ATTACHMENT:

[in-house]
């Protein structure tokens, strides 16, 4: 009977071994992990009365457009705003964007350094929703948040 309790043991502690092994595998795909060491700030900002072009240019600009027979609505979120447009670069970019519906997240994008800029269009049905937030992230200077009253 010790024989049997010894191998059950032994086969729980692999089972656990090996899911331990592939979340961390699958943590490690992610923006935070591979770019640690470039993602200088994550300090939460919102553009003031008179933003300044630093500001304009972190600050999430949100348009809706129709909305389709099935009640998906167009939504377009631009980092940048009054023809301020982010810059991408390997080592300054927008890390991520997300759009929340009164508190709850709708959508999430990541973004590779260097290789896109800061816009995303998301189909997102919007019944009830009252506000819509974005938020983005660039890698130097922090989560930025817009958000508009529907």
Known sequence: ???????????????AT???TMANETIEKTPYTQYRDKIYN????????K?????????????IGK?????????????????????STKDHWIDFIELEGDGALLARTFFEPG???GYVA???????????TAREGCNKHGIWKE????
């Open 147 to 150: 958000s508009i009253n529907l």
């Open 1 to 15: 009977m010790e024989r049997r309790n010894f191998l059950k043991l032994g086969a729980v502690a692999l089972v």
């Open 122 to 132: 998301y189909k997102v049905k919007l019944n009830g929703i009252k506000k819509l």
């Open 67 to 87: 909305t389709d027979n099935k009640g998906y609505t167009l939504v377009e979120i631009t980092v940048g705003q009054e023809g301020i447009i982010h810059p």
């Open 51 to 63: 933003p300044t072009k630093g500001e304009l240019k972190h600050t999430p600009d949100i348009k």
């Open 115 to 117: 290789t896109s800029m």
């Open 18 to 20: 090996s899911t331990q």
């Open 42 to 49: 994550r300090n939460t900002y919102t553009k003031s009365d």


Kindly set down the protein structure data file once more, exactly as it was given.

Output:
[in-house]
């Protein structure tokens, strides 16, 4: 009977071994992990009365457009705003964007350094929703948040 309790043991502690092994595998795909060491700030900002072009240019600009027979609505979120447009670069970019519906997240994008800029269009049905937030992230200077009253 010790024989049997010894191998059950032994086969729980692999089972656990090996899911331990592939979340961390699958943590490690992610923006935070591979770019640690470039993602200088994550300090939460919102553009003031008179933003300044630093500001304009972190600050999430949100348009809706129709909305389709099935009640998906167009939504377009631009980092940048009054023809301020982010810059991408390997080592300054927008890390991520997300759009929340009164508190709850709708959508999430990541973004590779260097290789896109800061816009995303998301189909997102919007019944009830009252506000819509974005938020983005660039890698130097922090989560930025817009958000508009529907």
Known sequence: ???????????????AT???TMANETIEKTPYTQYRDKIYN????????K?????????????IGK?????????????????????STKDHWIDFIELEGDGALLARTFFEPG???GYVA???????????TAREGCNKHGIWKE????
């Open 147 to 150: 958000s508009i009253n529907l």
């Open 1 to 15: 009977m010790e024989r049997r309790n010894f191998l059950k043991l032994g086969a729980v502690a692999l089972v």
């Open 122 to 132: 998301y189909k997102v049905k919007l019944n009830g929703i009252k506000k819509l």
């Open 67 to 87: 909305t389709d027979n099935k009640g998906y609505t167009l939504v377009e979120i631009t980092v940048g705003q009054e023809g301020i447009i982010h810059p």
């Open 51 to 63: 933003p300044t072009k630093g500001e304009l240019k972190h600050t999430p600009d949100i348009k």
């Open 115 to 117: 290789t896109s800029m």
């Open 18 to 20: 090996s899911t331990q």
């Open 42 to 49: 994550r300090n939460t900002y919102t553009k003031s009365d």